It sits in Atlanta’s Pemberton Place, just past the Coca Cola Museum, the Georgia Aquarium down on the left. A striking modern building, wood and glass, rises up from the perfectly manicured green lawn. It is a tribute to the immense struggles that defined a race for generations, to the struggles that races, genders, religions, ethnicities still face today.
On a recent whirlwind, 12-hour day trip to Atlanta, my coworkers and I had some time to spare before catching out flight back to Jacksonville, so we headed to the brand-spanking new National Center for Civil & Human Rights.
Upon entrance, you are greeted with a gorgeous display of civil and human rights images, connected by one hand.
The bottom floor is dedicated to the leader of the Civil Rights Movement and one of the most important figures in modern U.S. history, Martin Luther King Jr. One of the first things you see when you walk in is a painted replica of his bookcase. Dr. King and I didn’t read a lot of the same books but it was a fascinating glimpse into the man. I learned a lot about him that made him seem so human. He was born and raised in Atlanta, son of a preacher man. A precocious young man, he went to college at age 15. His handwriting wasn’t really the best — it was super hard to read pretty much all of his writing. He got a C in a public speaking class (really?).
But I was mostly just impressed at his absolute brilliance. There was a sweet sampling of his writing on display — so eloquent, so descriptive, so beautiful. I am a lover of words and MLK ‘s writing was a masterclass in how to not only express but evoke feeling. He crafted the most lovely of sentences. I definitely geeked out over some of his pieces.
The second, main floor of the center is a fabulous, interactive look at the history and highs and lows of the civil rights era: “Rolls Down Like Water: The American Civil Rights Movement.” What I most appreciated about the exhibit was that it painted a very real picture of life back then for both blacks and whites. Every which way you turned, there was a video, a display, a face on a board that begged you to find out their story. One of the most fascinating sections was was a board that showed the “Jim Crow” laws of the southern states — when you clicked a button for a certain state, say Kentucky, the display flipped to their particular laws. Laws that were equally disgusting, appalling and laughable for their ridiculousness. Who came up with that crap? People I’d never want to know, that’s who.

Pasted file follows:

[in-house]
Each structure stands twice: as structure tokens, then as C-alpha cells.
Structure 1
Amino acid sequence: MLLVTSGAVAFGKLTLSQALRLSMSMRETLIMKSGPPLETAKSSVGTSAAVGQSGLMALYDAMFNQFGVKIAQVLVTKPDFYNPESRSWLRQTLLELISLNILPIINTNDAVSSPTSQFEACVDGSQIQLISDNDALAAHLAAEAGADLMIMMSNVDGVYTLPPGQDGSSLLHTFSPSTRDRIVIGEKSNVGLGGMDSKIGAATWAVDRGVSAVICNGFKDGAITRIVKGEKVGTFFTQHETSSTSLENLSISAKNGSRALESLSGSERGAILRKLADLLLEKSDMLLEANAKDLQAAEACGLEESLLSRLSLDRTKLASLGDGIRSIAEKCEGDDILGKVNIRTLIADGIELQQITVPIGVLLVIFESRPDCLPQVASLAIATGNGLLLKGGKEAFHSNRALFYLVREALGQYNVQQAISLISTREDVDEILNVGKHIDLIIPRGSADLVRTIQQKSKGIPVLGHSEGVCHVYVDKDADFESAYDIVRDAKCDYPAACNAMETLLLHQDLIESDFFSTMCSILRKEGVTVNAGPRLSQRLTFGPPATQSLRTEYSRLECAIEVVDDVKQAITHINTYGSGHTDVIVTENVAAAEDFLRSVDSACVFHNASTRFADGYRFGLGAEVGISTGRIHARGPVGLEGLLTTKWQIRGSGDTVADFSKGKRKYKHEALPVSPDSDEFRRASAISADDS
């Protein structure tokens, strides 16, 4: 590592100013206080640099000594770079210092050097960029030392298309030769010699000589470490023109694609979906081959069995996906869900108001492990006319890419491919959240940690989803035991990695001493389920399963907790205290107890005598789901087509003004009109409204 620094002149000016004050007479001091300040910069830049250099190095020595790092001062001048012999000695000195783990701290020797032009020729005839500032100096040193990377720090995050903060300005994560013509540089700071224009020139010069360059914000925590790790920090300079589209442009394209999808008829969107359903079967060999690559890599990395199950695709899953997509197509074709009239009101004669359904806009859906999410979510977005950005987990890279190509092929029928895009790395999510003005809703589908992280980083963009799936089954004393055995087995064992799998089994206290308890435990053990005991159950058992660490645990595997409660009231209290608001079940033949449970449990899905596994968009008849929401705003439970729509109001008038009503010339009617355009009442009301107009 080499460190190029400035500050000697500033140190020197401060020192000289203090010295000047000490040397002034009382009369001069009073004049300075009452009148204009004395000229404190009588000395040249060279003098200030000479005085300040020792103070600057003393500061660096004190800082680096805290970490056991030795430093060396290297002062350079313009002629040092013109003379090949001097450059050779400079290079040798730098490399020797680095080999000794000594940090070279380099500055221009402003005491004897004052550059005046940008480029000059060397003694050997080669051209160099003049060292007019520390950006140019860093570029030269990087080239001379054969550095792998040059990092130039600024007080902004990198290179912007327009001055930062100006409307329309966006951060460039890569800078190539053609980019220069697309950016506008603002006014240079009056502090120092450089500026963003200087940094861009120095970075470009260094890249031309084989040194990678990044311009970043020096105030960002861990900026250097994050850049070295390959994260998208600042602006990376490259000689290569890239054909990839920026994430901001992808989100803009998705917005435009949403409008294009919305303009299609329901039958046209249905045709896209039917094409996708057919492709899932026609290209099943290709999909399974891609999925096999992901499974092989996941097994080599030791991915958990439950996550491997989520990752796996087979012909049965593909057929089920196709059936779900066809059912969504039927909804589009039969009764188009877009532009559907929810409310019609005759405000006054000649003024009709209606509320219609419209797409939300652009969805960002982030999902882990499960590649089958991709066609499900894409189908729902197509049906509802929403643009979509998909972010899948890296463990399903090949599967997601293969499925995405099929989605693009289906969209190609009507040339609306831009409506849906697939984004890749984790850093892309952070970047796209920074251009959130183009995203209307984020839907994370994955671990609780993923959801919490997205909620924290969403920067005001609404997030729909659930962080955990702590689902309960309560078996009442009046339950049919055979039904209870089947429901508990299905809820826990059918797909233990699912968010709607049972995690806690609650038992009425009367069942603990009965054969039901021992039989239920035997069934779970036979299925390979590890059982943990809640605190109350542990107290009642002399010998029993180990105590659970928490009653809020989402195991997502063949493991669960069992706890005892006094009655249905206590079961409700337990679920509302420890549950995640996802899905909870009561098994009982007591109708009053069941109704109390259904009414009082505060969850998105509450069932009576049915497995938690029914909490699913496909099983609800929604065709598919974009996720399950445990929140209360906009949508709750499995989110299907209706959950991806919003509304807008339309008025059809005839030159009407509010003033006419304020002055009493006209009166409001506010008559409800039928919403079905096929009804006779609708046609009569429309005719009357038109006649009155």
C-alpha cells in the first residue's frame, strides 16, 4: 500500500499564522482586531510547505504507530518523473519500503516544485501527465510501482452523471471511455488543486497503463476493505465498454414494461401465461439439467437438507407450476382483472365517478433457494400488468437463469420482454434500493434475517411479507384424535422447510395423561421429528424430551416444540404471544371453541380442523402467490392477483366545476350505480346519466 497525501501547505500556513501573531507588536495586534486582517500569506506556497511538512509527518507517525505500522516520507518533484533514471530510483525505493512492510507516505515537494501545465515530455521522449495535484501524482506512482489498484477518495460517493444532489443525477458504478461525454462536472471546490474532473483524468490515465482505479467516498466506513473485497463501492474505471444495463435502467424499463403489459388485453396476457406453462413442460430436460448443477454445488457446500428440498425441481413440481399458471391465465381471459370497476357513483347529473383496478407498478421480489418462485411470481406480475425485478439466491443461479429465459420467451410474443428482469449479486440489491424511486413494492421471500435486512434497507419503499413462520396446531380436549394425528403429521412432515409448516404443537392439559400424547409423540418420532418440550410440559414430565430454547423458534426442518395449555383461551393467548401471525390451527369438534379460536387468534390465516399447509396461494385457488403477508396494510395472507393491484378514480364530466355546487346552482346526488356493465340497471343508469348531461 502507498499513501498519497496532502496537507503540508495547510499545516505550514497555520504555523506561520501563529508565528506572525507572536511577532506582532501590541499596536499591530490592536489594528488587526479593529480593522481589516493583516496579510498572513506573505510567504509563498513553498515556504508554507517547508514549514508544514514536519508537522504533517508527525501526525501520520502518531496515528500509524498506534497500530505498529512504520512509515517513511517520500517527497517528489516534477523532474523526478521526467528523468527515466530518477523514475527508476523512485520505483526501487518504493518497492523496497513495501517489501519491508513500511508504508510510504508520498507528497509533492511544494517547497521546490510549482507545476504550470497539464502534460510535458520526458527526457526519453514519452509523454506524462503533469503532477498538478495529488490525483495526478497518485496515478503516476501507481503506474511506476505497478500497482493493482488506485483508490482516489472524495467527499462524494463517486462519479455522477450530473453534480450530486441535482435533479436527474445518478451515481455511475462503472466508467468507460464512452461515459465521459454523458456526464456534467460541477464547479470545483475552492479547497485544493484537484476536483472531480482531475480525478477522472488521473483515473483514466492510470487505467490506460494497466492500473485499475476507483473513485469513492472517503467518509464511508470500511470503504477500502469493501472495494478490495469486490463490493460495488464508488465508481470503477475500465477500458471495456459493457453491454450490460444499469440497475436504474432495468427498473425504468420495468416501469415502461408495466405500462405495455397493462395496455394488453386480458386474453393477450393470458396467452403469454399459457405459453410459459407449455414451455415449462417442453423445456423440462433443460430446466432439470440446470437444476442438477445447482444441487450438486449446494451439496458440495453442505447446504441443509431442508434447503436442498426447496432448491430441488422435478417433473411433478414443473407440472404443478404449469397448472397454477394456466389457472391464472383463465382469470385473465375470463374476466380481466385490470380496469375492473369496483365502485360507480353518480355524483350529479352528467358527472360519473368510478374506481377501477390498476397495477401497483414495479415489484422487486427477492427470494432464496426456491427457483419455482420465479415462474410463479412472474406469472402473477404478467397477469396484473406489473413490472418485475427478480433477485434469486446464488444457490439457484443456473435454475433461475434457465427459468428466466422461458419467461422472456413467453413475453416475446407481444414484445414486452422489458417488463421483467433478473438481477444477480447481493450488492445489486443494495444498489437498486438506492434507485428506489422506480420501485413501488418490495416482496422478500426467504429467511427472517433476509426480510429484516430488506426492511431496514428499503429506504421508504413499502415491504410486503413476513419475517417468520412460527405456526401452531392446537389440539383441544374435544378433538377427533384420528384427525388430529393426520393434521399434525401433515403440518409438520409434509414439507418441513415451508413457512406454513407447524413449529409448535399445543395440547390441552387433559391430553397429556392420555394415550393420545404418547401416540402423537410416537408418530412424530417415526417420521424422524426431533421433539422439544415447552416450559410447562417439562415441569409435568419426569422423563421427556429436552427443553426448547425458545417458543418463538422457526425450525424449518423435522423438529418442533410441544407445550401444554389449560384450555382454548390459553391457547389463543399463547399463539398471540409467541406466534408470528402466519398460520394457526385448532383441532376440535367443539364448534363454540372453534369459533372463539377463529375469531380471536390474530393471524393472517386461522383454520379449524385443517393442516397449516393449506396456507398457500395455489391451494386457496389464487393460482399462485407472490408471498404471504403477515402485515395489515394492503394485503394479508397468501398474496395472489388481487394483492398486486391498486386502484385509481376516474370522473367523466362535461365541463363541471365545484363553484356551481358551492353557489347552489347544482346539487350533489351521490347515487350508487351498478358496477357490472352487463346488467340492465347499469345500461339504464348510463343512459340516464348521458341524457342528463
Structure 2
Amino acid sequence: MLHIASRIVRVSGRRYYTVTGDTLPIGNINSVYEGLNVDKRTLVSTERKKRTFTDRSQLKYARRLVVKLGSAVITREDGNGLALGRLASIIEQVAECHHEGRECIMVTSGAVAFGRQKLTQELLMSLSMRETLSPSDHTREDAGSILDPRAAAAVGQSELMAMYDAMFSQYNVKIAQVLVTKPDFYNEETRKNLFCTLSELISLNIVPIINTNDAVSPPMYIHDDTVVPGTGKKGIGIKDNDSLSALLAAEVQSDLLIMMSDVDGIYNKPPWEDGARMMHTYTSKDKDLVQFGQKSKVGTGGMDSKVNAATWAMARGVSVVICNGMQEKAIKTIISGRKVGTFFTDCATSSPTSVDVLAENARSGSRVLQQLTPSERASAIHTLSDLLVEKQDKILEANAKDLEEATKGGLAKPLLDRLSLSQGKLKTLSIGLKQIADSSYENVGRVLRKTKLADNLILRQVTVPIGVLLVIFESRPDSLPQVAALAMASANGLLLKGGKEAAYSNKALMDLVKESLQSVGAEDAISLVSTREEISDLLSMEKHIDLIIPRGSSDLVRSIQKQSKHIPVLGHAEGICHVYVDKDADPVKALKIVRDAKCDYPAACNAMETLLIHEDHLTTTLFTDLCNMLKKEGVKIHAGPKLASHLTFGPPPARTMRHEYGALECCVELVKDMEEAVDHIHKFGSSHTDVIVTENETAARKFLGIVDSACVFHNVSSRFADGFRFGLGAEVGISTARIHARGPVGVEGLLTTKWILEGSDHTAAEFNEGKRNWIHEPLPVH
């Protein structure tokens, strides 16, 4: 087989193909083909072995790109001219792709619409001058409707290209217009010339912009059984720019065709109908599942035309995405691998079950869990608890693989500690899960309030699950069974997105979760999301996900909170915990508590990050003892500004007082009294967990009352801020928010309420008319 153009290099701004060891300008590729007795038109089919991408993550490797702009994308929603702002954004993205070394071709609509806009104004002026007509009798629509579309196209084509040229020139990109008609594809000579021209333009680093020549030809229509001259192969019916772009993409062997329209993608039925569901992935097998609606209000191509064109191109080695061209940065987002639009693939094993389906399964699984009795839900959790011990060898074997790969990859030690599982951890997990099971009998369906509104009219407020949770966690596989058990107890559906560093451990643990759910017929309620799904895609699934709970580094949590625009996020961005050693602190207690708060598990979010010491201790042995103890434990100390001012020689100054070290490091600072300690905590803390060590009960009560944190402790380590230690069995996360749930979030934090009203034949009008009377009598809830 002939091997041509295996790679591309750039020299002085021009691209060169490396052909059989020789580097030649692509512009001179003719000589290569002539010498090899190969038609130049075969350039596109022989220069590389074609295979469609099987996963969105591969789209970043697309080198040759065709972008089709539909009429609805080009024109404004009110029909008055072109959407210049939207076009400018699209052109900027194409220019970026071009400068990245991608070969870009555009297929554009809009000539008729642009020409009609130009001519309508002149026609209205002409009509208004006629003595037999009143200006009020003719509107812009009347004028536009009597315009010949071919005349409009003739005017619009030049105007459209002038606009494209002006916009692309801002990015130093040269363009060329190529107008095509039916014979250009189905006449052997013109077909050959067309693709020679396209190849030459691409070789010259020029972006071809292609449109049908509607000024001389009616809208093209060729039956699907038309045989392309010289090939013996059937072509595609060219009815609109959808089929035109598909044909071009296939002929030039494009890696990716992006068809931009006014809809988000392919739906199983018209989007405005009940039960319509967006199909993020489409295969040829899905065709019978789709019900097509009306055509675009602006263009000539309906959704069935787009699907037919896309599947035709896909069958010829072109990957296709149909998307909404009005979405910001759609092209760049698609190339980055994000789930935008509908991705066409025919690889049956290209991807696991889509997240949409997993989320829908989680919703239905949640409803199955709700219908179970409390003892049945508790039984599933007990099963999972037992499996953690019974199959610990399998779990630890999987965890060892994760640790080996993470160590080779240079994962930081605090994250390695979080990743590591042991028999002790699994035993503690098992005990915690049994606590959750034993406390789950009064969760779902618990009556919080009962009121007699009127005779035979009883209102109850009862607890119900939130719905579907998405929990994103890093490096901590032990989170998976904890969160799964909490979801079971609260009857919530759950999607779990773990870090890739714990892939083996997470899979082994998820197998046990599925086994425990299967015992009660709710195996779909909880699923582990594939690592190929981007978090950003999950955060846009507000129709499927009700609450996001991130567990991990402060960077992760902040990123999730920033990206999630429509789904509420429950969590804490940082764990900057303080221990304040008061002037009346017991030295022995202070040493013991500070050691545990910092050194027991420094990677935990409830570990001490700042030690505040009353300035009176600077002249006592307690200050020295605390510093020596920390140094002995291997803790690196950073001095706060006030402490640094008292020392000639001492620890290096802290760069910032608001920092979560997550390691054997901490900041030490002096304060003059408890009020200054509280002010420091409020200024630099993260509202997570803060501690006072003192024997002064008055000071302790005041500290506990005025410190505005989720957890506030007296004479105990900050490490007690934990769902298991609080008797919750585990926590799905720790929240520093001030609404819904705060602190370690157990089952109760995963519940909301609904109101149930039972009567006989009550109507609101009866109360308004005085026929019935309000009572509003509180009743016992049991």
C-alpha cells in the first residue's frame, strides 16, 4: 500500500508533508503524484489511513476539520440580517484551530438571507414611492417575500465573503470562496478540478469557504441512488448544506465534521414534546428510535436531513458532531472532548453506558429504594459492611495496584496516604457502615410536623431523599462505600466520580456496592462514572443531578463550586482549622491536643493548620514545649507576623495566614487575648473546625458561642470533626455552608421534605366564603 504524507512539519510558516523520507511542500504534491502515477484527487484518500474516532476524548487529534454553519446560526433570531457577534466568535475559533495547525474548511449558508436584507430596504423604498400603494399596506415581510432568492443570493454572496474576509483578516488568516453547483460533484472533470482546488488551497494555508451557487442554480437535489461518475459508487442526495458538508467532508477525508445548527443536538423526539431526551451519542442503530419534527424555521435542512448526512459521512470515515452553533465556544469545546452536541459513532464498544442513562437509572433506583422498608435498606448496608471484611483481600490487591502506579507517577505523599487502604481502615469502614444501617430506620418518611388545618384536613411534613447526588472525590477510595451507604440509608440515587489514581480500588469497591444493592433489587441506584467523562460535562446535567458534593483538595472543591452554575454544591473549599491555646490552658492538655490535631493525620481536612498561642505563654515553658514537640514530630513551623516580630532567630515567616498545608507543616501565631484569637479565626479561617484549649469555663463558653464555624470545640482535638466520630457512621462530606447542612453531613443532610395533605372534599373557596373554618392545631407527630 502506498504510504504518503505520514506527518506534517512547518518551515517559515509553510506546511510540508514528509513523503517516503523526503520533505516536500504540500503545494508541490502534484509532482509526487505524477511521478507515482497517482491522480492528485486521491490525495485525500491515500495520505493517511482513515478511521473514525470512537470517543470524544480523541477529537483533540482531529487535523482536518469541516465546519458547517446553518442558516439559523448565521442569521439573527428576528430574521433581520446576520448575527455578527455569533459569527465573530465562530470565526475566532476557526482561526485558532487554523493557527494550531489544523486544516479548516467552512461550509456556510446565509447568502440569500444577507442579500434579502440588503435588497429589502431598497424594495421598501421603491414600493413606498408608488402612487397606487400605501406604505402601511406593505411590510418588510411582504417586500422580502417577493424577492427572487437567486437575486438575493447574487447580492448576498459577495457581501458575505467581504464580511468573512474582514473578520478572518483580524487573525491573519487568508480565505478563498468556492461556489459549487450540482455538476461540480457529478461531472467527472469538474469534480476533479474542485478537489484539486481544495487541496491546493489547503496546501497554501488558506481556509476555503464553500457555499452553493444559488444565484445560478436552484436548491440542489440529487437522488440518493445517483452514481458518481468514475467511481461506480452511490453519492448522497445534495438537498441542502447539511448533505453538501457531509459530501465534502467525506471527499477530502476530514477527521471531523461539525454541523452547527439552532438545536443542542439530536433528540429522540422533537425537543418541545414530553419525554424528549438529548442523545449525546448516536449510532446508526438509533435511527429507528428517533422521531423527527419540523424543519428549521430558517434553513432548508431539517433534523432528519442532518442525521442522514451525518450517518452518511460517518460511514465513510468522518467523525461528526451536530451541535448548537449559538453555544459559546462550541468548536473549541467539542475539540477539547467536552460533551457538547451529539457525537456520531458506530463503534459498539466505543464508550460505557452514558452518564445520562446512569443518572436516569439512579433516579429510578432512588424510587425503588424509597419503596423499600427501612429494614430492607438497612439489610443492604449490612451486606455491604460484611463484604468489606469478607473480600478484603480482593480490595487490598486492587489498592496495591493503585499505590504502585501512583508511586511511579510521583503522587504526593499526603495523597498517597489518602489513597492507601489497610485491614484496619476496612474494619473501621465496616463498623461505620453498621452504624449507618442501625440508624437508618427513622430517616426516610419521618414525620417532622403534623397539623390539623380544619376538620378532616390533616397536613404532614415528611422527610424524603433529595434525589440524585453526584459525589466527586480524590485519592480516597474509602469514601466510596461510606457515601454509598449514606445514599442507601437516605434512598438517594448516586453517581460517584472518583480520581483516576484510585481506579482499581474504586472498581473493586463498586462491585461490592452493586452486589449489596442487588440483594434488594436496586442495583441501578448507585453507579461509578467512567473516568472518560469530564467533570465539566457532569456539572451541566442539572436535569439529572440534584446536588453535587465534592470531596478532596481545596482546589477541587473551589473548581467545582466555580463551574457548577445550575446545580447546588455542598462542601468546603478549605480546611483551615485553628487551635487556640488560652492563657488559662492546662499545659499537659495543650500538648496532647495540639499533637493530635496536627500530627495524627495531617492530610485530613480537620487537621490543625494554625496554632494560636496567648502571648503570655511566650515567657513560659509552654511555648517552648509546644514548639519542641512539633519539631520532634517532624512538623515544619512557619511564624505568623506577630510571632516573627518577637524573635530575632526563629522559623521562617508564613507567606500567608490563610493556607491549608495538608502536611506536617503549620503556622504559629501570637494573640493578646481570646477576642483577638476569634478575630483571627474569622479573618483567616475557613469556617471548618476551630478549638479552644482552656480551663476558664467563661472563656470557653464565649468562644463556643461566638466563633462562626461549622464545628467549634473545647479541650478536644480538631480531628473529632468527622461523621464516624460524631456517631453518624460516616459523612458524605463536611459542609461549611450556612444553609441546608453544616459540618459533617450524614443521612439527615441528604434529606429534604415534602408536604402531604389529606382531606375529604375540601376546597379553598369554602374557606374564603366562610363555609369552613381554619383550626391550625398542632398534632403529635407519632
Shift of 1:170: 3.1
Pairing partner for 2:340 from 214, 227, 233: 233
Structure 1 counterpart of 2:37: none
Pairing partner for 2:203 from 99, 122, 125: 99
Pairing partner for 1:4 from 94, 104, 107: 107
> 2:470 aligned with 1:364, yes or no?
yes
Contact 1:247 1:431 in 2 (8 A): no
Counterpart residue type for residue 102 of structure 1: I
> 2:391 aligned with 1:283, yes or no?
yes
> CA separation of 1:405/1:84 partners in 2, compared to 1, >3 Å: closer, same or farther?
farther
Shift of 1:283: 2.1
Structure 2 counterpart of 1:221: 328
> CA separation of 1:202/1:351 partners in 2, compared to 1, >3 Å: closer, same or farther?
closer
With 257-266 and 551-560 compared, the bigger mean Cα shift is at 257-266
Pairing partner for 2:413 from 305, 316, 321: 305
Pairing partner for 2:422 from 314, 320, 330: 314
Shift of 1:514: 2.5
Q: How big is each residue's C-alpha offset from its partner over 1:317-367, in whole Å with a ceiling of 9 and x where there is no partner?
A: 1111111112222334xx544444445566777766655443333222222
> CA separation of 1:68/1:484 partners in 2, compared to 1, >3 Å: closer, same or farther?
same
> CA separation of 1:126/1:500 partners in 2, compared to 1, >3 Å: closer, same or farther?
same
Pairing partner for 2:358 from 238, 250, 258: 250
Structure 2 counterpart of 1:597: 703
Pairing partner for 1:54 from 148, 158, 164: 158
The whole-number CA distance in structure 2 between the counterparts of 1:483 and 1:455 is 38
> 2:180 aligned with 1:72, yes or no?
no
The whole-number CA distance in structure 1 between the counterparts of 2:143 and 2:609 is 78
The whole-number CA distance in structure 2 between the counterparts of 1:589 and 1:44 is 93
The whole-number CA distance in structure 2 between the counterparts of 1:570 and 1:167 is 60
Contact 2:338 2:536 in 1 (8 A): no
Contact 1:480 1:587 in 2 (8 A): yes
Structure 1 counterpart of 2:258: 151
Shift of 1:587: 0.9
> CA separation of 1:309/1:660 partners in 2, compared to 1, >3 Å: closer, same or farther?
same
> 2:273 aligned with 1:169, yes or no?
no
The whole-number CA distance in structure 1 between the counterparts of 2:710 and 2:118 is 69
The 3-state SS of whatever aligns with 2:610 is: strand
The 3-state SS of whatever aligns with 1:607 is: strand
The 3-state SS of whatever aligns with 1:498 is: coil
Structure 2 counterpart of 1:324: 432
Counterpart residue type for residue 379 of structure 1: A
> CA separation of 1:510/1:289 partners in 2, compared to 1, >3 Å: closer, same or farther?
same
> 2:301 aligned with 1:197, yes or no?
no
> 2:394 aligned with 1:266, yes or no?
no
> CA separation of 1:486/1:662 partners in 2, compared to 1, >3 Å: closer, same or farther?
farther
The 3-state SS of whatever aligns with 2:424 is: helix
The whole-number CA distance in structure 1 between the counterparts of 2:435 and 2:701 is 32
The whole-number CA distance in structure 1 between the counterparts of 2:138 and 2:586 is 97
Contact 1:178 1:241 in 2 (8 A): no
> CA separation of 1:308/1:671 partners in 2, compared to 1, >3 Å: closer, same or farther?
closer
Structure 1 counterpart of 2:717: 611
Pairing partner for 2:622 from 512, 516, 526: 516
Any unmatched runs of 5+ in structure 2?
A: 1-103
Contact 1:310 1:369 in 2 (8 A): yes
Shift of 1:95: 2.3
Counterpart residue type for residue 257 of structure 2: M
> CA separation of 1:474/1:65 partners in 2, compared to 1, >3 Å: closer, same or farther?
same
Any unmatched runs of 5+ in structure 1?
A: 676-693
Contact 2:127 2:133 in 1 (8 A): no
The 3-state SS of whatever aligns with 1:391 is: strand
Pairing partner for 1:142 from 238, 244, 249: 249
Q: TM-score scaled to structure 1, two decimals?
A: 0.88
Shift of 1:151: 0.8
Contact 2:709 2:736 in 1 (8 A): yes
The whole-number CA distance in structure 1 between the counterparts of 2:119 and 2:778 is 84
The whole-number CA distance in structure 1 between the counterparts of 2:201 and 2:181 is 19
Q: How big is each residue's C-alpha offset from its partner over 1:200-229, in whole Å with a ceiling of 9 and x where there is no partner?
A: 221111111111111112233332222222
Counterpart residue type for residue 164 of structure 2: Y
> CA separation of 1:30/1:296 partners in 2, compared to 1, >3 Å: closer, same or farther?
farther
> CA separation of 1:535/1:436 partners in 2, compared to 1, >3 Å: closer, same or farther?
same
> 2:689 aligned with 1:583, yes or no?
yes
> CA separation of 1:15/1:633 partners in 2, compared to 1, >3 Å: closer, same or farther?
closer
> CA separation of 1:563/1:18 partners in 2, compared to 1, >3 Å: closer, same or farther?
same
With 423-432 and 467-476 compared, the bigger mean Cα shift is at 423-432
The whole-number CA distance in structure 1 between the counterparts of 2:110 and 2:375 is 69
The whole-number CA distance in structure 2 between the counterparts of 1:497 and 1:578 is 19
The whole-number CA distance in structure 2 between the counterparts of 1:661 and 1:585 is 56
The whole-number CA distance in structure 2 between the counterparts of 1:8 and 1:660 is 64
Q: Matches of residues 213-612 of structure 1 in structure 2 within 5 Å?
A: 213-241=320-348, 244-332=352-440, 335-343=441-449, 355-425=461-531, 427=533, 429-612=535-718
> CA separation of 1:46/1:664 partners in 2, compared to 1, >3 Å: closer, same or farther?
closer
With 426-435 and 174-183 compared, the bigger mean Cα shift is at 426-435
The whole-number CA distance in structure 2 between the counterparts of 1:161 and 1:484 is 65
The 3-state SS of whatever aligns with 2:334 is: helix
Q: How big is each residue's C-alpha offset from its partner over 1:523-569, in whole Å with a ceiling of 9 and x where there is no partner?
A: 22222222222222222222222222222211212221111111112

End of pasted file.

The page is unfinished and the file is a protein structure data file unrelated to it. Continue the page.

I especially loved the room dedicated to the powerful March on Washington, August 28, 1963. There was a breakdown of how many buses shipped people into D.C, The number of sandwiches distributed. There were bios of the organizers — including Jacksonville’s own A. Philip Randolph — and a moving short film on that day that brought me tears. It was such a day of hope. It was cool seeing a young, baby-faced John Lewis at the podium. It was heartbreaking to read about Bayard Rustin, the man they wanted to be the March organizer, but were afraid to put in that position because he was a gay pacifist. He eventually did most of the heavy lifting, but damn, the oppression he must of felt. It was coming from every which way.
It seemed like the hope from that day was fleeting… just beyond that was a room with a TV playing Walter Cronkite announcing MLK”s death; Robert F. Kennedy addressing a crowd with the news, only two short months before his own assassination. On the floor, the cities where race riots ensued lit up. For every gain, there was a setback. But for every person who sacrificed their life for the cause, there was another person to stand up and take their place. What a dynamic time in our country’s history. I have such respect for the people who fought the good fight… and such disdain for those who thwarted their efforts. I’ll never understand how people could feel so much hate.
The third floor of the building is dedicated to human rights. Faces like MLK, Eleanor Roosevelt, Nelson Mandela and Mohandas Ghandi look down upon the exhibit from their portraits on the wall. One display looks at what people in other countries face — the clothing sweatshops in places like Bangladesh that burn down, taking most of the workers with them. The little kids in Pakistan that sew together soccer balls. The injustices are everywhere. This exhibit was equally depressing and inspiring. We’ve come so far, yet the journey is infinite.